The Templar and the True Cross
In my latest historical mystery, The Templar and the True Cross, my protagonist, Sir Jean-Marc de Montpellier, is a Templar Knight. Traditionally these monastic knights were imbued with many honourable qualities; a Templar was brave, skilled in battle and was devoted to God. Sir Jean-Marc is all of these, plus the fact that he is very intelligent. Growing up in Paris he attended the Sorbonne and studied under Gerard d’ Auberville who studied under the great philosopher and theologian Thomas Aquinas.
Thomas Aquinas (1225-1274) studied and later taught at the universities of Paris, Cologne and Naples. Thomas was a Italian Dominican friar who wrote a great deal and was the man who perfected faith through reason.
When Sir Jean-Marc goes to see his former master at the University, the old professor has the Templar recall his past lessons.
“My boy, you recall the work of my old friend and master, Thomas Aquinas, and his definition of philosophical discipline.”
“It all starts with logic,” Jean-Marc responded.
“Exactly. Logic, as you surely recall, is the mental constructions we place on our experience.... What do you remember of Summa Theologica?”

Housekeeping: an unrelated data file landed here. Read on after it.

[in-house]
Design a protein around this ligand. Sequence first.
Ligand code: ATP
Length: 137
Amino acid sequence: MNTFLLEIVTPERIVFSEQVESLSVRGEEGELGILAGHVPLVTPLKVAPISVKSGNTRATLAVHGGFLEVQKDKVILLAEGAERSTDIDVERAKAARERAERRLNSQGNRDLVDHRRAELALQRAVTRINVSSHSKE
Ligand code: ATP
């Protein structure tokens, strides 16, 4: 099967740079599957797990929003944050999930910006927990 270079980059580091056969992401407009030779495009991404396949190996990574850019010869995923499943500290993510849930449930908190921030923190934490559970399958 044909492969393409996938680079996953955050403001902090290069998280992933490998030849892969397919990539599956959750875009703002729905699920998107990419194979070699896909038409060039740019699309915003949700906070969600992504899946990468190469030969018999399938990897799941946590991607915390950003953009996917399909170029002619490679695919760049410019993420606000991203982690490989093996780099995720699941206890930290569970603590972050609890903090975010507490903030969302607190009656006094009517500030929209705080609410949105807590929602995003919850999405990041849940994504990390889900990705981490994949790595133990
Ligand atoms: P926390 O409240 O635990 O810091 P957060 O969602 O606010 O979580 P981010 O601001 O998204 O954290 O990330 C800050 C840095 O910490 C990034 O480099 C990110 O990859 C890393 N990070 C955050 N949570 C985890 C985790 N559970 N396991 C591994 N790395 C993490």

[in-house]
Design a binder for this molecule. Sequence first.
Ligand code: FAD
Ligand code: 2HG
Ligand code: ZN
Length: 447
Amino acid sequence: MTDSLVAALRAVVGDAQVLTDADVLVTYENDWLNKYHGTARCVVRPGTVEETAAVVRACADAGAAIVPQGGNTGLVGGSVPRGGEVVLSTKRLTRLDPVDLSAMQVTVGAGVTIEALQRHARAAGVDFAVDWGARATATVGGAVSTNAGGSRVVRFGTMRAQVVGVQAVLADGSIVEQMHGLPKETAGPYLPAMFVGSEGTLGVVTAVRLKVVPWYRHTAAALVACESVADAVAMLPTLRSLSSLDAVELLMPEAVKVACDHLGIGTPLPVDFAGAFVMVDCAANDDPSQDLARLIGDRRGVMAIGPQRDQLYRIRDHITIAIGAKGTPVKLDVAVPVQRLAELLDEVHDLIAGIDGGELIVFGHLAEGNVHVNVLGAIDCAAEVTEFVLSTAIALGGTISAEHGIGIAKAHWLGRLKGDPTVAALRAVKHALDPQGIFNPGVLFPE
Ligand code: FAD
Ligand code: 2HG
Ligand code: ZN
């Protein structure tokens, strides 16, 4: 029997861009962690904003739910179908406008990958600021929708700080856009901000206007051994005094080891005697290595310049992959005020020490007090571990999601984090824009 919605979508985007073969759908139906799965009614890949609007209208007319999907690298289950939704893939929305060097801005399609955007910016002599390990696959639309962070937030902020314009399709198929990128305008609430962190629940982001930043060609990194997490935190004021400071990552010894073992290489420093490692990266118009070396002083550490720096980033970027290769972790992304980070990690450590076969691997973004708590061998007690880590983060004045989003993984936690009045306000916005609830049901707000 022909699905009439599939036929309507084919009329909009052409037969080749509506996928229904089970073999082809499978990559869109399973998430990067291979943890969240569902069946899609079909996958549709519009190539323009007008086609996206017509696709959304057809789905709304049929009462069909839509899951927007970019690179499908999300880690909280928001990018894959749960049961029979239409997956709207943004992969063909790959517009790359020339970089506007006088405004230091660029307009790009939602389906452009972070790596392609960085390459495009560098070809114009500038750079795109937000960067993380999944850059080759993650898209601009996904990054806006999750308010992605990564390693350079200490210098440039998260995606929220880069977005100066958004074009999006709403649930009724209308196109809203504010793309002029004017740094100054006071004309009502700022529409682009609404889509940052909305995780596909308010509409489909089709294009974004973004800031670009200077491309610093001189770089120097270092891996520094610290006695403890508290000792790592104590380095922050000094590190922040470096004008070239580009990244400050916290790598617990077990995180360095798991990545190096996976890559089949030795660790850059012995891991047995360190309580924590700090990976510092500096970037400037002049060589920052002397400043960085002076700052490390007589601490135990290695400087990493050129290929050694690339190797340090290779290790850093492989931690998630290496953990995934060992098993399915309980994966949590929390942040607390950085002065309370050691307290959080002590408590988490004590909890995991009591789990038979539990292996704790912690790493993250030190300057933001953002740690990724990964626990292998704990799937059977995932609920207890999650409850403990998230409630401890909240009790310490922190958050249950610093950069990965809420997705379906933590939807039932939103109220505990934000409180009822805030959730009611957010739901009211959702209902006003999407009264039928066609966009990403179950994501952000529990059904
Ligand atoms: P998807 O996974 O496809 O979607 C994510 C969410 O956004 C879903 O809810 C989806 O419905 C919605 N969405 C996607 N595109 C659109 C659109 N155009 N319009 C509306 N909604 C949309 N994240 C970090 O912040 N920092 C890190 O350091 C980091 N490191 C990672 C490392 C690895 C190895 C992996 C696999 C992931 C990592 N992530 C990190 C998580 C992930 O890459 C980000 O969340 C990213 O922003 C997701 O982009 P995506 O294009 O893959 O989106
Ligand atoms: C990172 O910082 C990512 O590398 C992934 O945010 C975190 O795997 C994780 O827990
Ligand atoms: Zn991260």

Sir Jean-Marc thought a moment. “Thomas Aquinas states that in acts of will man strives for the highest end, which are free acts insofar as man has in himself the knowledge of their end and therein the principle of action. Whether the act be good or evil depends on the end. Human acts are good if they promote the purpose of God and His honour.”
Thomas Aquinas wrote on a wide variety of subjects from the nature of God to just war, and from creation to sex. He was canonized a saint in 1323, less than fifty years after his death, and nine years after my story takes place.
Saint Thomas is one of 33 Doctors of the Church and is the patron of universities and students. His writings have survived to this day and continue to influence modern thought.